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A good egg might be something you order for breakfast, but it could also be the person who’s sitting across the table. Such a person is one heck of a decent human being. There are lots of people running around the globe who are reasonably good folks, but that’s not enough to be called a good egg.
This phrase refers, first and foremost, to someone who is utterly reliable and trustworthy. Good eggs don’t tell secrets, especially embarrassing ones. They show up when they say they will, especially when the thing they’re showing up for is more about providing support to someone else than having fun themselves. Good eggs probably won’t ask to borrow money in the first place, but if they do, the lender can be certain of getting repaid on time and will no doubt also be handed a gift certificate to a really nice coffee shop.
Everybody likes a good egg, not necessarily because of a scintillating personality but because he or she has always got a buddy's back. Good eggs don’t have big egos. He or she is likely to be the quiet worker in the office who turns in work early in order to help someone who is struggling and doesn't mind when the boss praises that worker’s efforts and not his or her own. This isn’t to say that good eggs are pushovers, however. They are emotionally sturdy, which means their good-hearted actions aren’t attempts to forge obligation.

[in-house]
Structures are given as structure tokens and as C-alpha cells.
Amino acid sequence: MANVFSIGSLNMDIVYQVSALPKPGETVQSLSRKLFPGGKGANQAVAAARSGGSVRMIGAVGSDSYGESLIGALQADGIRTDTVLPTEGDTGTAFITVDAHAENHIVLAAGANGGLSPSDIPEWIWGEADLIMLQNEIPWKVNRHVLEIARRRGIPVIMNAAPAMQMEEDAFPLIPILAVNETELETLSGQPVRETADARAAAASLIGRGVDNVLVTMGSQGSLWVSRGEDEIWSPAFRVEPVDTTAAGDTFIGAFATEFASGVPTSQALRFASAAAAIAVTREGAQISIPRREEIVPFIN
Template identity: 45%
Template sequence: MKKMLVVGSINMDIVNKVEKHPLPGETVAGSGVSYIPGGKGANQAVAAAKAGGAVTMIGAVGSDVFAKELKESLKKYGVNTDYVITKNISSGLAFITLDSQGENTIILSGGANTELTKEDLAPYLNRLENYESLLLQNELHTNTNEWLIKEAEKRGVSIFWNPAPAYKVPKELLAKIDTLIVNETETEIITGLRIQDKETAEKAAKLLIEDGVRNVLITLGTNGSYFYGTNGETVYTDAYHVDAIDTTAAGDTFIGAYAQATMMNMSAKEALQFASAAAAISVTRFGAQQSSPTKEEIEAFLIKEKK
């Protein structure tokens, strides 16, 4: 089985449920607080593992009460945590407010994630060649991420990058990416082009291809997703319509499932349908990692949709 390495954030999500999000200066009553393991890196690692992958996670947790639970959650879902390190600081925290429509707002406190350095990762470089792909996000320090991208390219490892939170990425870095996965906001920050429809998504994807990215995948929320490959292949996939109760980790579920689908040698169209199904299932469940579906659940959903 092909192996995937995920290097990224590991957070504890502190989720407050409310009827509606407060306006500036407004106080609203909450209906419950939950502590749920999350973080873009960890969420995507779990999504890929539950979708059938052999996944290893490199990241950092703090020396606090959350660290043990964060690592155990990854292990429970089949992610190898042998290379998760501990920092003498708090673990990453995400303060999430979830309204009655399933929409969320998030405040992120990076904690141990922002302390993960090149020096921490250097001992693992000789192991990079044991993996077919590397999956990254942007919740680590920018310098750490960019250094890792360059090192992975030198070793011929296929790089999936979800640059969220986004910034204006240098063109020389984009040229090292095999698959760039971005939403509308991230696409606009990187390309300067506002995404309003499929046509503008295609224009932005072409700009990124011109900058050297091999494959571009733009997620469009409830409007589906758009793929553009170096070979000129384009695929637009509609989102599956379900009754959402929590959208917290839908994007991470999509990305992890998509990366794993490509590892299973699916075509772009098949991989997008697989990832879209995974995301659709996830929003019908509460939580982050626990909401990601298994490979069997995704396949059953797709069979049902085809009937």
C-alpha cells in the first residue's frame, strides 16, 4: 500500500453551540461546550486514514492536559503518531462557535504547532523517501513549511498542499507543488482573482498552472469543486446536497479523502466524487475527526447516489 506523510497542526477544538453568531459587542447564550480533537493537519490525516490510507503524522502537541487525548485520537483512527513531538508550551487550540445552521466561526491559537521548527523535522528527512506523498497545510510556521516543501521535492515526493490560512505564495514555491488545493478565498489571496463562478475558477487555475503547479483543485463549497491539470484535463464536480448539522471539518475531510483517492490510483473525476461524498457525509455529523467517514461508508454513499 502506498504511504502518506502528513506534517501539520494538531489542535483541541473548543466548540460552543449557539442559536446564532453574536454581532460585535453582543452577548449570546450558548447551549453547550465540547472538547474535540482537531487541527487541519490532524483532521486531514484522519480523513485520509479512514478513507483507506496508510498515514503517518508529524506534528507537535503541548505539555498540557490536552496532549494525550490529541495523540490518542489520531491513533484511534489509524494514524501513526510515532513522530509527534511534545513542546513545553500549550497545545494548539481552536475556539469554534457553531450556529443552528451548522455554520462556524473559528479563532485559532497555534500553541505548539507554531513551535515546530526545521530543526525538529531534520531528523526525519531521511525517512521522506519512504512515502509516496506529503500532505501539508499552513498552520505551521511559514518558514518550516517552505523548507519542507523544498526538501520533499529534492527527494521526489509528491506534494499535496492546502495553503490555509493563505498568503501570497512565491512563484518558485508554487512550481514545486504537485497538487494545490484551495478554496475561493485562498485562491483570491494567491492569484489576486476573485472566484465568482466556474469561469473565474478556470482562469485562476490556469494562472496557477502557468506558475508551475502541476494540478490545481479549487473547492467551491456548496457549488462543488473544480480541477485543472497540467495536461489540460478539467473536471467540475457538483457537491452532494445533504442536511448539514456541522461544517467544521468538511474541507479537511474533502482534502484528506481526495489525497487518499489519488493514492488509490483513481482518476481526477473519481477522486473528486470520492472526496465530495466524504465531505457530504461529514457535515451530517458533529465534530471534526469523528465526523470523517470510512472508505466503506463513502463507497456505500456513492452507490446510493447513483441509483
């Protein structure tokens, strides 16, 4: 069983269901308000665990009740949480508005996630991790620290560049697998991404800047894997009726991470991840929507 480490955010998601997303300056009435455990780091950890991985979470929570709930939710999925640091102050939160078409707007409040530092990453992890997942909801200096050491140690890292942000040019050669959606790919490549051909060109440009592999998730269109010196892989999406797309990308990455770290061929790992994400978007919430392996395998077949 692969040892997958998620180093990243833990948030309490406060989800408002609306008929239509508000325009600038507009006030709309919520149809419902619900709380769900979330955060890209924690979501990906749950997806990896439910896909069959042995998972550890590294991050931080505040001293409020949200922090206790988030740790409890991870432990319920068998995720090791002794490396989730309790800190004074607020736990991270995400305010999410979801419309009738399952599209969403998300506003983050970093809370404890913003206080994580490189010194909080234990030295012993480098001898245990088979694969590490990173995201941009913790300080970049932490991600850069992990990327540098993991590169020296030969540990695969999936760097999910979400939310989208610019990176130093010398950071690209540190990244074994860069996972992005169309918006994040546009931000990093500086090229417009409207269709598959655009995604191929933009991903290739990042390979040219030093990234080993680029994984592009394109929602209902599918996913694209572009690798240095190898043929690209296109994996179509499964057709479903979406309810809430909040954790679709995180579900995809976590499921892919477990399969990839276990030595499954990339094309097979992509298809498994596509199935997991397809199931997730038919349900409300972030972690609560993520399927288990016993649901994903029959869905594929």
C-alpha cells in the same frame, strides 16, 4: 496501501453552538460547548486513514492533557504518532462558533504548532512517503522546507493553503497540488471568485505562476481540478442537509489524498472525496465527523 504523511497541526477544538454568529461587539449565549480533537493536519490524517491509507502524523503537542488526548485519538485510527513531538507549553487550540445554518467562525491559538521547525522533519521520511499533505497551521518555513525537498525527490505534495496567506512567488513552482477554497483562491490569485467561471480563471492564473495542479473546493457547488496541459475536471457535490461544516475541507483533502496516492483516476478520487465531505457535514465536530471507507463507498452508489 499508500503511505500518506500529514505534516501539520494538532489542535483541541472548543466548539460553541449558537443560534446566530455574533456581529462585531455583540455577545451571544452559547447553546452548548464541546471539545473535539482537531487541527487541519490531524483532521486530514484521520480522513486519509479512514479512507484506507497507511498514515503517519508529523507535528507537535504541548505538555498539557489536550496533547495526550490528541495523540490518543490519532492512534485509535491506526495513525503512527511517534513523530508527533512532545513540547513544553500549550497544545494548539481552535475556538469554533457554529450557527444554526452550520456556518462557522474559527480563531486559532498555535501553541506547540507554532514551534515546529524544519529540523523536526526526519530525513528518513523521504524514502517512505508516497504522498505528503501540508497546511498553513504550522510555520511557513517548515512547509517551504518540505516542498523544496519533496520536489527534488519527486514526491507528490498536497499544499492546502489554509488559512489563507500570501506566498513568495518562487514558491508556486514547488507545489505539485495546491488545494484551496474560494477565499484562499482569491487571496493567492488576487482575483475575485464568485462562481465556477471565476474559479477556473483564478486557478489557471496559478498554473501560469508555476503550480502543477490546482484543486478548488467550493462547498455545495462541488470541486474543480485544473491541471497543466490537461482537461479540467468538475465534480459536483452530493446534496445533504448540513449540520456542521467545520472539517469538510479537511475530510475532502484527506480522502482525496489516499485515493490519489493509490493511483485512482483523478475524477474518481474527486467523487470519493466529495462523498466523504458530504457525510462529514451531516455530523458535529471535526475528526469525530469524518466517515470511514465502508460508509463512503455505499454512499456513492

For every good egg, there’s a bad one. Bad eggs are always out for themselves. Everything they do, even if on the surface it appears to be for the benefit of others, comes right back to their own bottom lines. Lend a bad egg money, and it will be repaid in emotional manipulation designed to make the lender feel badly for expecting to see the money again. Tell a bad egg a secret, especially an embarrassing one, and it will only be kept if it shines a negative light on the bad egg as well.
It might be obvious that good and bad eggs are opposites, but why such folks are referred to as eggs at all isn’t so obvious. The terms a good egg and a bad egg make sense if they are considered as not only idiomatic expressions but as metaphors as well. Eggshells are just the surface of the egg, just as first impressions of people are largely based upon surface details.
It’s not until the egg is cracked that what’s inside is revealed. A very well-dressed, well-spoken person might turn out to be rotten on the inside or pure goodness all the way through. The first is a bad egg, and the other is a good one.